Sustainable Food & Drink Podcast
What do farmers and the ICCO think of Ghana and Côte d’Ivoire’s minimum cocoa price?
This content item was originally published on www.confectionerynews.com, a William Reed online publication.
The West African nations last week proposed a minimum price of $2,600 per tonne of cocoa beans and suspended forward sales for the 2020/21 season until this floor price is implemented.
Speaking to Lumina Intelligence’s Sustainable Food & Drink Podcast, Sako Warren, secretary general of the WCFO, a 800,000-strong member organization of smallholders and farmer groups, said: “We believe that farmers should be the ones to communicate with their partners on what price they should sell their crop.
“We don’t think having a fixed ceiling is the answer.
“…We are more concerned about how farmers will get that money.”
ICCO expected $3,000
The International Cocoa Organization (ICCO) - a member organisation for cocoa consuming and producing countries, was not part of the floor price discussions.
But also speaking to the podcast, Michel Arrion, executive director of the ICCO, welcomed the move and said he would have expected a higher price.
“I was more expecting something around $3,000,” he said.
The new ICCO executive director, who was appointed in October 2018, said world market prices had declined dramatically since 1972 from around $15,000 per MT to $2,400 today.
“There’s nothing wrong in saying we need an increase,” he said.
“If a farmer produces one ton of cocoa per year the average income will be $2,400 a year, so it’s $200 a month which is well below the poverty line if you consider the cocoa grower is feeding seven or eight people in the household.”
Arrion hopes the minimum floor price will lead to an increased farmgate price that would support farmer income.
‘A manifest injustice’
Warren said any additional money from the minimum floor price should go to farmers as income rather than be invested in infrastructure.
WCFO’s press release is available in full below.
The president of Ghana said in a press release the minimum price protection aims to address “a manifest injustice”, a $100bn chocolate industry where less than 5.75% of the value goes to the hard work of farmers, who often live in poverty.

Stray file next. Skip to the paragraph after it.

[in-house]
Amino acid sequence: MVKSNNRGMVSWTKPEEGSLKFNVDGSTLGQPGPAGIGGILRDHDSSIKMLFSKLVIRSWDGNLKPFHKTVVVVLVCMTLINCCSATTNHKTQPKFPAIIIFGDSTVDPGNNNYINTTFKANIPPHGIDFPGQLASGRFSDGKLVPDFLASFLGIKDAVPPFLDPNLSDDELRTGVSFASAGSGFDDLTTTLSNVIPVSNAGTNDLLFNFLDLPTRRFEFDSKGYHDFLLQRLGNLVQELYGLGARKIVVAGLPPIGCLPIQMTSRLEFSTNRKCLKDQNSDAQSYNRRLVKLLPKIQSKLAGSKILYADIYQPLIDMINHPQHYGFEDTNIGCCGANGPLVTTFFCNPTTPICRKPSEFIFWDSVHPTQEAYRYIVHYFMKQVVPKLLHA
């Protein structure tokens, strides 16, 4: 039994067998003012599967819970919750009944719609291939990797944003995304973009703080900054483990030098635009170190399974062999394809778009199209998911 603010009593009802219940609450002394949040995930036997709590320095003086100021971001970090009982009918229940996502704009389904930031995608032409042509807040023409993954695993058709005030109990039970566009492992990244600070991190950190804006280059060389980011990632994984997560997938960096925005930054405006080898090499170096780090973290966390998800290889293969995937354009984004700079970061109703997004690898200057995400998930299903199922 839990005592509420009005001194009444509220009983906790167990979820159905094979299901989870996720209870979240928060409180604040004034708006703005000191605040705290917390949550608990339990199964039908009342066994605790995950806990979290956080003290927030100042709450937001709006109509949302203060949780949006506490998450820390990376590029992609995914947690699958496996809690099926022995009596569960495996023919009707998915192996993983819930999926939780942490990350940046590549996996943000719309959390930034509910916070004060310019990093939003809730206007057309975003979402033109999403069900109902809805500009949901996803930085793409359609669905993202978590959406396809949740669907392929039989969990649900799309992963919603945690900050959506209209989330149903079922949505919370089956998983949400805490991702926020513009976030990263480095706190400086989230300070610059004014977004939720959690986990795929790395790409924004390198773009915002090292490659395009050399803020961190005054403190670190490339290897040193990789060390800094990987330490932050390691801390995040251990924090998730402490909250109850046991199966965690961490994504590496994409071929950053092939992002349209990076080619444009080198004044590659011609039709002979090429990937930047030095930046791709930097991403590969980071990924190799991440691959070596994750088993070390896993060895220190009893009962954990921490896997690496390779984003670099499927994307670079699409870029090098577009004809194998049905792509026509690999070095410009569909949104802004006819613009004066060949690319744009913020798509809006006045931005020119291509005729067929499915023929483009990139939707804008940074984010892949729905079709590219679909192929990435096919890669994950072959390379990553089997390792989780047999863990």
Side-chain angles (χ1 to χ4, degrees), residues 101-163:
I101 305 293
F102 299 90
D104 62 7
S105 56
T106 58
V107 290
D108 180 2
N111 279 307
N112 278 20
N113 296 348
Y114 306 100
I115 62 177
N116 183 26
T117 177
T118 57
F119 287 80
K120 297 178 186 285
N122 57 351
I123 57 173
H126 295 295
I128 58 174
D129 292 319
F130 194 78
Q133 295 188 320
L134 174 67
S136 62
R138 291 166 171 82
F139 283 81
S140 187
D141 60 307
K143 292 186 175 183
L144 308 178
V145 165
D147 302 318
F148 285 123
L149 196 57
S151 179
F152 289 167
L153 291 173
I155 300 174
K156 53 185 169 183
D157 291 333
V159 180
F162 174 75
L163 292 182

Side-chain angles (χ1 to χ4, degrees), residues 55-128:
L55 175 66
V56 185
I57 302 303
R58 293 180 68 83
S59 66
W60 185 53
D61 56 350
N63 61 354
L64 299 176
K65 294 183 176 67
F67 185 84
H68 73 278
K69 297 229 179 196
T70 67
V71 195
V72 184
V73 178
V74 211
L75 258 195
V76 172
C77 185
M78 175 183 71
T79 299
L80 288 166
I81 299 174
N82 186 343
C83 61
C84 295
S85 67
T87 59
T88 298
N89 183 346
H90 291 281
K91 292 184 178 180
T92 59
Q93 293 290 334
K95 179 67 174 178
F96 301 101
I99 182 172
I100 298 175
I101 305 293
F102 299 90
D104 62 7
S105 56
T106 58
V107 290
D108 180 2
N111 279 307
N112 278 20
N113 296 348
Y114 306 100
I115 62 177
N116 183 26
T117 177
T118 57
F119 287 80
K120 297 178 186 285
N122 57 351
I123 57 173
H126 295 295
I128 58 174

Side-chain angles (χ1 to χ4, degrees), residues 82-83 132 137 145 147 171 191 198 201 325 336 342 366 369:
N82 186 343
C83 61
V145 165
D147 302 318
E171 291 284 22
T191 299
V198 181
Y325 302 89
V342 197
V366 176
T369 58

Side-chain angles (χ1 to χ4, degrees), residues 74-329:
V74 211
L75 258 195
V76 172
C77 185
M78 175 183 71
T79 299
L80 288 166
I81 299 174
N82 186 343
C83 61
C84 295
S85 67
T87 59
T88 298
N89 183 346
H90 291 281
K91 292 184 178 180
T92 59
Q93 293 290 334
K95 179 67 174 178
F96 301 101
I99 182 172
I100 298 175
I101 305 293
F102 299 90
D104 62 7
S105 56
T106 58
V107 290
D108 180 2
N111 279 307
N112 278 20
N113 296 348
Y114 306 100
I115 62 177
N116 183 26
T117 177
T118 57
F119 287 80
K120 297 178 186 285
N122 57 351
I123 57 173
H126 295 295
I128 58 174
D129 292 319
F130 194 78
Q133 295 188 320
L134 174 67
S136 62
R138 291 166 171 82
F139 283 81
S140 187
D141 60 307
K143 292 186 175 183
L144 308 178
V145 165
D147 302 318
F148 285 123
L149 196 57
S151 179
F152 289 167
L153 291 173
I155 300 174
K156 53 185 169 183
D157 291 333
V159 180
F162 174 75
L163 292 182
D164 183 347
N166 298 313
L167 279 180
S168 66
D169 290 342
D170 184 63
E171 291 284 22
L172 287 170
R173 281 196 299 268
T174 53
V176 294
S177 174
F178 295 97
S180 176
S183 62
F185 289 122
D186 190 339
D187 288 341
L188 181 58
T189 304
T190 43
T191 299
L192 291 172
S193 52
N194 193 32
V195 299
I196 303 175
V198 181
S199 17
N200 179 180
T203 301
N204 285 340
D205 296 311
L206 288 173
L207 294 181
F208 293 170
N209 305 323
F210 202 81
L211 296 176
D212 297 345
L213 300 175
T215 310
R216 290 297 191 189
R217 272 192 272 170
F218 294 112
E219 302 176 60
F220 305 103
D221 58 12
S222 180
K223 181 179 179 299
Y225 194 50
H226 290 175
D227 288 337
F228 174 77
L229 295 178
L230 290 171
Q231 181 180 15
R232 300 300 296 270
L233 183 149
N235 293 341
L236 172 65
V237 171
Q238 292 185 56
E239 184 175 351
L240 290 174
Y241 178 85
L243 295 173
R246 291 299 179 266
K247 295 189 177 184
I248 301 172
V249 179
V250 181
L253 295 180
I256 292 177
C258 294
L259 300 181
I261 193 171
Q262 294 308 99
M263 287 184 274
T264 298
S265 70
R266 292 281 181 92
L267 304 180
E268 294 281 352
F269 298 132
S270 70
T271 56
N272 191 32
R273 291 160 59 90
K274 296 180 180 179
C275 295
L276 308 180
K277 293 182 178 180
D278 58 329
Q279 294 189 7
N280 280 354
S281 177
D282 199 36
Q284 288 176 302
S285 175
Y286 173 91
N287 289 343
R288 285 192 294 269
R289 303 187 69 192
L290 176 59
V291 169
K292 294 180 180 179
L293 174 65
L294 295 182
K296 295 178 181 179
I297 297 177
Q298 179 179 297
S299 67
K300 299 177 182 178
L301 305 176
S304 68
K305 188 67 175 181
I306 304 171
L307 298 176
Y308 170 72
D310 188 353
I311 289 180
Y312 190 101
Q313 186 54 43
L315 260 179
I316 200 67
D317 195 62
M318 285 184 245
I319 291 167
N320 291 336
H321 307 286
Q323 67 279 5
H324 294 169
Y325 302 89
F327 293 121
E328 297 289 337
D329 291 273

WCFO calls for the world price for farmers
WCFO suggests farmers should receive the floor price for cocoa rather than the farmgate price.
Côte d’Ivoire’s farmgate price for the main crop last year equates to $1,281 per MT – representing 58% of the average world market price ($2,207 - Average of ICCO’s monthly averages of daily prices from October 2018 to end of March 2019).
In Ghana, the farmgate price for the main crop was $1,407 per ton or 64% of average world market prices over the period.
“Farmers are the business people who produce what they produce and have to sell it. So why should they have the farmgate price and not the actual price?” Warren asked.
WCFO is calling for governments to tax farmer income rather than set farmgate prices.
“When farmers are better off they will improve the economies of their countries,” said Warren.
Cocoa is a big contributor to the Gross Domestic Product (GDP) of Ghana and Côte d’Ivoire.
Cocoa beans – excluding cocoa butter, power and finished chocolate – generated $3.8bn for Côte d’Ivoire in 2017 making it the country’s top export, accounting for 37% of exports by value, according to OEC figures.
In Ghana, cocoa beans are the third largest export by value, making up 10% of exports or $1.8bn.
WCFO will publish a roadmap on how farmers can be part of discussions at its conference, the Second Global Cocoa Farmers Conference (GCFC2), which runs from 25 to 26 September 2019 in Abidjan, Côte d’Ivoire.
The Ghana Cocoa Board (Cocobod) said in a press release, a technical meeting will be held on 3 July 2019 in Abidjan to fine tune how the floor price will be implemented.
The release added other issues, such as traceability, the environment and child labour will be decoupled from floor price discussions.
We’ve contacted Cocobod for its views and are awaiting a response.
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